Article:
Bhartiya Krishi Anusandhan Patrika, volume 36 issue 4 (december 2021) : 320-325

Occurrence of Antimicrobial Resistant Escherichia coli and Staphylococcus sp. in Faecal Samples of Wild Birds

Harshita Raghav, Kajal Jadav, Joycee Jogi, Uttam Yadav, Nidhi Rajput
1School of Wildlife Forensic and Health, Nanaji Deshmukh Veterinary Science University, Jabalpur-482 001, Madhya Pradesh, India.
  • Submitted19-10-2021|

  • Accepted22-01-2022|

  • First Online 04-02-2022|

  • doi 10.18805/BKAP386

Cite article:- Raghav Harshita, Jadav Kajal, Jogi Joycee, Yadav Uttam, Rajput Nidhi (2022). Occurrence of Antimicrobial Resistant Escherichia coli and Staphylococcus sp. in Faecal Samples of Wild Birds. Bhartiya Krishi Anusandhan Patrika. 36(4): 320-325. doi: 10.18805/BKAP386.
Background: Microbial resistance to antibiotics is a worldwide problem in human and veterinary medicine. The principal risk factor for an increase in this situation is the extensive use of antibiotics leading to the dissemination of resistant bacteria and resistance genes. Bacteria from Wild birds are important with regard to antibiotic resistance due to diverse ecology and as reservoir of antibiotic resistant bacterial genes and potential spreaders.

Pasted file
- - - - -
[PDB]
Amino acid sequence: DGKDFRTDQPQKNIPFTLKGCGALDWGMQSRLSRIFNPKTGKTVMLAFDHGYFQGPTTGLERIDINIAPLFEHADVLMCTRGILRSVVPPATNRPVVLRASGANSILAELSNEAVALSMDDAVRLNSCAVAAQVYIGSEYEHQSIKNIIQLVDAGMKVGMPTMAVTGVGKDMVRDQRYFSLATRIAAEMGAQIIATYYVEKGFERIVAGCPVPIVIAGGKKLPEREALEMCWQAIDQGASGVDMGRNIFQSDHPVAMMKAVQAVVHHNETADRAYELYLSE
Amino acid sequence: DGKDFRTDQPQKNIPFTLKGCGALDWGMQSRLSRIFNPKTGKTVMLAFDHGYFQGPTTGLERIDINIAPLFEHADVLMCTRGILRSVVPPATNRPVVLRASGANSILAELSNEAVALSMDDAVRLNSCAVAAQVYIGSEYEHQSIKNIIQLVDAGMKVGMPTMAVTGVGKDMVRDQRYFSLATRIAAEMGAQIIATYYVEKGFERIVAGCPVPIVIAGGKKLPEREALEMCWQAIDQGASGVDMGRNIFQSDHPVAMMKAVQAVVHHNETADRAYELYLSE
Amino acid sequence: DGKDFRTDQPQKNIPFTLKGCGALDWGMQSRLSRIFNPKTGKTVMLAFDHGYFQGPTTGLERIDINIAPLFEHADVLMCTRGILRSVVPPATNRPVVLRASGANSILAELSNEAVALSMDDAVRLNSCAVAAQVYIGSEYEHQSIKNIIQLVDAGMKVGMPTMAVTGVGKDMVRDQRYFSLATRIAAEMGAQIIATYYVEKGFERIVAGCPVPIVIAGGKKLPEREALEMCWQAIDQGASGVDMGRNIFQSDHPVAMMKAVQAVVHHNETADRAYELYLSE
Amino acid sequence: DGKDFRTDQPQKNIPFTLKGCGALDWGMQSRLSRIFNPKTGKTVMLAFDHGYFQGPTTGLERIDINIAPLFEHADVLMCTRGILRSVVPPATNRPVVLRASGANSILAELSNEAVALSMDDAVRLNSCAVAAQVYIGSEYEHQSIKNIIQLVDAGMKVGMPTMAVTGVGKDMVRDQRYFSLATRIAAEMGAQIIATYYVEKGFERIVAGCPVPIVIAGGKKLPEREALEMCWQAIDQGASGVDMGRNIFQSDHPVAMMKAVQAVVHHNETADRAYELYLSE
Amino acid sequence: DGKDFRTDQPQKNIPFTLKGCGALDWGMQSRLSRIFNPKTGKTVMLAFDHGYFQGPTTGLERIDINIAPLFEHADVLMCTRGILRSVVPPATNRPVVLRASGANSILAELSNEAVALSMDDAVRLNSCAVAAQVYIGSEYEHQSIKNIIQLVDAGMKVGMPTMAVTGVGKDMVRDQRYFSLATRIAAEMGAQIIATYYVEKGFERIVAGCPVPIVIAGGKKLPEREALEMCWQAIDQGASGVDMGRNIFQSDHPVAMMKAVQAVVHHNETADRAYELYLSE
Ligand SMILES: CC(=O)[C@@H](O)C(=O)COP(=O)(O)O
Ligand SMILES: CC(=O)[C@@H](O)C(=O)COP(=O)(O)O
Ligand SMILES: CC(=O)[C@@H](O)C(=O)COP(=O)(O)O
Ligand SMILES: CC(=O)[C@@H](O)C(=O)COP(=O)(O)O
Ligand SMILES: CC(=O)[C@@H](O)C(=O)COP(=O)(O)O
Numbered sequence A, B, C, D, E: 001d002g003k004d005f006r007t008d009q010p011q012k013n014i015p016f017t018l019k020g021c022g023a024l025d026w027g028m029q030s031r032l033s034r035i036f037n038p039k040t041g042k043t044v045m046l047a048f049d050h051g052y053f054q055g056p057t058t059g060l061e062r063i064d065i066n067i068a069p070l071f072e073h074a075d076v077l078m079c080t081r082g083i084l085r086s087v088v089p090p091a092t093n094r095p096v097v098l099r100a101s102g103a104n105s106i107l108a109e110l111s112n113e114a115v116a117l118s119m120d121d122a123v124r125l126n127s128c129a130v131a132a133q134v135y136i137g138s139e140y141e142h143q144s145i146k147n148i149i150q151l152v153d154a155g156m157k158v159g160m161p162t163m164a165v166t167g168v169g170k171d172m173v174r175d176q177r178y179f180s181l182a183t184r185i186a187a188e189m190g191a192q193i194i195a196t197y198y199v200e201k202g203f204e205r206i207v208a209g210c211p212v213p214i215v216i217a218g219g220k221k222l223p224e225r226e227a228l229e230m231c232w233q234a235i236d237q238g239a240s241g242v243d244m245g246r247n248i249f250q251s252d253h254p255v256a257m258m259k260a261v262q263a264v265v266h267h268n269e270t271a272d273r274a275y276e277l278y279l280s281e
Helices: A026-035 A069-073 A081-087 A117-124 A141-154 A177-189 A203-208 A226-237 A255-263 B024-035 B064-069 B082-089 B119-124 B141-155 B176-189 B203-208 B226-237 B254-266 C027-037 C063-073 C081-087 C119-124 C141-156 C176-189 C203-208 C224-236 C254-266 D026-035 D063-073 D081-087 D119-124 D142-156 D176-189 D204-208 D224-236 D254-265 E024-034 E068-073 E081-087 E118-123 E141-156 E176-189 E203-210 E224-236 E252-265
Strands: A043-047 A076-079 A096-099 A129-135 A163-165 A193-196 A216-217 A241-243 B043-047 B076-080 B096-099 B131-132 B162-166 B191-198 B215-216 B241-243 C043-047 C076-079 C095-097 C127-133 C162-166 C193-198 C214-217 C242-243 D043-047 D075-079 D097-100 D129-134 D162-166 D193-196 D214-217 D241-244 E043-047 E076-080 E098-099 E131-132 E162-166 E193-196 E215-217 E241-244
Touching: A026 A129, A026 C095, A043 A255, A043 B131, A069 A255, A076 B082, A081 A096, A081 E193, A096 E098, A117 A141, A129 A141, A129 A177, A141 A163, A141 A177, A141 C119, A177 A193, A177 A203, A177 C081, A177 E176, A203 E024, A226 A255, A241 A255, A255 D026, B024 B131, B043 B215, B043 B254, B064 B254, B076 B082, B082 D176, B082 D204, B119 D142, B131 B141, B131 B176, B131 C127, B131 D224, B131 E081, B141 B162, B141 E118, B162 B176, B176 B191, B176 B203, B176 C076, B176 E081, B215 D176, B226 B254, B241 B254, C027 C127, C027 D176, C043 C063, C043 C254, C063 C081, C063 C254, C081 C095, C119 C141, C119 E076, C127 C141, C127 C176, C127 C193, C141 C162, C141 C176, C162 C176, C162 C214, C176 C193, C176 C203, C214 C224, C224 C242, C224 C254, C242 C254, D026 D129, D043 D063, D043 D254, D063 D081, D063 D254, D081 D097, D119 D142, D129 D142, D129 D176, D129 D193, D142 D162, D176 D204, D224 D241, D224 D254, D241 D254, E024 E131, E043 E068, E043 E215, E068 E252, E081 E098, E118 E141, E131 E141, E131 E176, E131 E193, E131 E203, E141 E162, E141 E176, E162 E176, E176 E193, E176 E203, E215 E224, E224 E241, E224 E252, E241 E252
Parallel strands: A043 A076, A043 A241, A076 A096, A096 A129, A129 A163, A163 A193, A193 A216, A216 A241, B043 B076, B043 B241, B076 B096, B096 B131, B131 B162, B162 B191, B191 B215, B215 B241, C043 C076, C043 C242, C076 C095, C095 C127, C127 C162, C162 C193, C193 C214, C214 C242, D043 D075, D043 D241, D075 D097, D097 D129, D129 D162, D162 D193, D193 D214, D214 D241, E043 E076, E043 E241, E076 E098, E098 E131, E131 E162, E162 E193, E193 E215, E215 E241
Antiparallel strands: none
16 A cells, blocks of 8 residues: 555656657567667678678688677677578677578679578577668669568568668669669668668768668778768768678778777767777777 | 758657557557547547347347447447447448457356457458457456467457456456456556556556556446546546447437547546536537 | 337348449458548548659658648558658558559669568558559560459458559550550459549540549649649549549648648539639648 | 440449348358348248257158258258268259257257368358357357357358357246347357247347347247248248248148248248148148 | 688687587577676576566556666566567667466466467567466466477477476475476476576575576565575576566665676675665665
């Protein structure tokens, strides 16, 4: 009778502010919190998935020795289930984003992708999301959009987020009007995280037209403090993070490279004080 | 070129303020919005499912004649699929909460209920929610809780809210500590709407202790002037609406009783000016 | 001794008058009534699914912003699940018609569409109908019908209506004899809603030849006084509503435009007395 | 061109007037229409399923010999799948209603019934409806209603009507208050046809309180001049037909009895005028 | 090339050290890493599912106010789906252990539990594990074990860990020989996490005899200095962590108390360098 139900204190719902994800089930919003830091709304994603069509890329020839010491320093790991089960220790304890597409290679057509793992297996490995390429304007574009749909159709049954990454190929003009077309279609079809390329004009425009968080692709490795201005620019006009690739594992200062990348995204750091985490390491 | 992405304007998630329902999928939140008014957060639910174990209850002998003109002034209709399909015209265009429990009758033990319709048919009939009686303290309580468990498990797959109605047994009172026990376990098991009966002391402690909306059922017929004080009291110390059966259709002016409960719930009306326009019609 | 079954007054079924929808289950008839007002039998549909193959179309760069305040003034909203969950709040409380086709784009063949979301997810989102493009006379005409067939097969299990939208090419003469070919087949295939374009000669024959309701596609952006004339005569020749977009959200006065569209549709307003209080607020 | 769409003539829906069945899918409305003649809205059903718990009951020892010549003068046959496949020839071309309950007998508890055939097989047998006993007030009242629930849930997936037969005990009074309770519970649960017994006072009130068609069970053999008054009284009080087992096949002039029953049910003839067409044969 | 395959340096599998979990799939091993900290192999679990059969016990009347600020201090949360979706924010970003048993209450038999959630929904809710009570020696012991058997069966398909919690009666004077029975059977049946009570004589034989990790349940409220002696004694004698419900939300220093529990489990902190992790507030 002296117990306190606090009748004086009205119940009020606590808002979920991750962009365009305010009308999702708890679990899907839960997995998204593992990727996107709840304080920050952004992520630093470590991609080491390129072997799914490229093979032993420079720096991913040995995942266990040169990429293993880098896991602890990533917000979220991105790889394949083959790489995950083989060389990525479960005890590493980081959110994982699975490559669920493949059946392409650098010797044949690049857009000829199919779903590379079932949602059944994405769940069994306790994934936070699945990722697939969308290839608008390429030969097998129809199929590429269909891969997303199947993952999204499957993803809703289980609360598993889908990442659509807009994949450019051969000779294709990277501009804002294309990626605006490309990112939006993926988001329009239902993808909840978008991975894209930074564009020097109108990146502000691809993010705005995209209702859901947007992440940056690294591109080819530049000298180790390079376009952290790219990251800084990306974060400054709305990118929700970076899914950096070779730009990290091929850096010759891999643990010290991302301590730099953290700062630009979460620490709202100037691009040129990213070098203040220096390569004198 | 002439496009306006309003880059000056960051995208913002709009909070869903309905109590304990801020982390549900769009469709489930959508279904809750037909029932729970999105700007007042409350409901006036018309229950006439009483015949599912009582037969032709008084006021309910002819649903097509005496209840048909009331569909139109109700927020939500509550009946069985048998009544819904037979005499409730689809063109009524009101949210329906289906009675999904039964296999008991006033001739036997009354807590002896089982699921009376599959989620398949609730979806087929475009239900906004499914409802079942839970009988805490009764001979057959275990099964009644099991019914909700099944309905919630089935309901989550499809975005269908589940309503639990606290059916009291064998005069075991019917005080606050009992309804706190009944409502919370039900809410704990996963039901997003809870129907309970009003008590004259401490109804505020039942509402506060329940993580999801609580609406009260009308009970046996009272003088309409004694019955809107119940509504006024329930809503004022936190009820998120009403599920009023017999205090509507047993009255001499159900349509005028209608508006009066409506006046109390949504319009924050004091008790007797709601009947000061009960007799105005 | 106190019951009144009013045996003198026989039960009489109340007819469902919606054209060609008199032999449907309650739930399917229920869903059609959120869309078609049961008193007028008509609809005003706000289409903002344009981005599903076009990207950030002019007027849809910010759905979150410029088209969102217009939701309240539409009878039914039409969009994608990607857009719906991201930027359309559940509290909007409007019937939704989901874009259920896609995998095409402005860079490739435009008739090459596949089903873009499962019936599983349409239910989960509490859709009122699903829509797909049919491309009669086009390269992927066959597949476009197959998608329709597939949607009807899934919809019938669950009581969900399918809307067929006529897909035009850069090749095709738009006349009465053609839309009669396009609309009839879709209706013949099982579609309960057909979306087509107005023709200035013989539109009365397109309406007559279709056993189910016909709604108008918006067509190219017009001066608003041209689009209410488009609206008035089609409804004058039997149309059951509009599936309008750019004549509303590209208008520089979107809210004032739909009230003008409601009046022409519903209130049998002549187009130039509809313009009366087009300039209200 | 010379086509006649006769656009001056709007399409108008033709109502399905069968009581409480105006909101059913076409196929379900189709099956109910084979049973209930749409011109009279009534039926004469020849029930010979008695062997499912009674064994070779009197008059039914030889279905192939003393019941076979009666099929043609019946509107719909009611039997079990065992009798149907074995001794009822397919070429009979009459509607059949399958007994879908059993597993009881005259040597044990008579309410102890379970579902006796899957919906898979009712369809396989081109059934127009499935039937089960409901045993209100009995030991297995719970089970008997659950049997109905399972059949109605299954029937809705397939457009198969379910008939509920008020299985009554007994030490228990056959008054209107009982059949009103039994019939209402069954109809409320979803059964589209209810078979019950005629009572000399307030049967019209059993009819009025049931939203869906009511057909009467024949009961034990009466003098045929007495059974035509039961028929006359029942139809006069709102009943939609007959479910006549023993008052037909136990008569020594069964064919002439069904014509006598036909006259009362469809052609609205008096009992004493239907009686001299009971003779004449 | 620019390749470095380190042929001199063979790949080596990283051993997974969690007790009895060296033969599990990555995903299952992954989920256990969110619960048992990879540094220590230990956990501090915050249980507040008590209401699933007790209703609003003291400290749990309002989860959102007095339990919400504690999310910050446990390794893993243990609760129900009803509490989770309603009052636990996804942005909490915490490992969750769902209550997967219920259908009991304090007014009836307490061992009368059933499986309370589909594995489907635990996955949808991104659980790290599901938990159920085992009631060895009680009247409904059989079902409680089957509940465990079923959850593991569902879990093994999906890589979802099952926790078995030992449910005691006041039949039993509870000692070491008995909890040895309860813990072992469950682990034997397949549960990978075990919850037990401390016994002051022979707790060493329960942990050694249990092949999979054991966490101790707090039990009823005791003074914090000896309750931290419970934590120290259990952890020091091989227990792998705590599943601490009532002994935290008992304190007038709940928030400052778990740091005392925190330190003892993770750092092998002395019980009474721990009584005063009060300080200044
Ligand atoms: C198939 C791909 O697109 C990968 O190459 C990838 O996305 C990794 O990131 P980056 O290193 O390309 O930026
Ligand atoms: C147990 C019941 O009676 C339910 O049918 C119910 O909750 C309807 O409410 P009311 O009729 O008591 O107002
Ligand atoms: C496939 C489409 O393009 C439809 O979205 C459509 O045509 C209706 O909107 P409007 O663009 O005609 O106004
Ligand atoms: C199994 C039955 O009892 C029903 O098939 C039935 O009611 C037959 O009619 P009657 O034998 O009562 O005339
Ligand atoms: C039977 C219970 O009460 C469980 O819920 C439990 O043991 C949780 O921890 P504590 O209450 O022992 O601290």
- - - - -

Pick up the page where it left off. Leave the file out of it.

Methods: In the present study, a total of total 75 faecal swabs from captive and free ranging wild birds were obtained for isolation and identification of E. coli and Staphylococcus sp. They were detected for presence of antimicrobial resistant drugs, six each, by using standard kirby- beaur disc diffusion test. 
Result: Isolation rate of E coli and Staphylococcus sp. was 77% each respectively. Antimicrobial susceptibility profile revealed resistance in E. coli was 25% and in Staphylococcus sp. 10%. Most resistant antimicrobial in E. coli and Staphylococcus sp. was Cotrimoxazole (22%) and Clindamycin (8.6%) respectively. Presence of resistance in wild birds’ species is an alarming situation as these are capable to transmitting resistant gene either vertically or horizontally. Regulating the usage of Antimicrobials in livestock and humans is the need of the hour.

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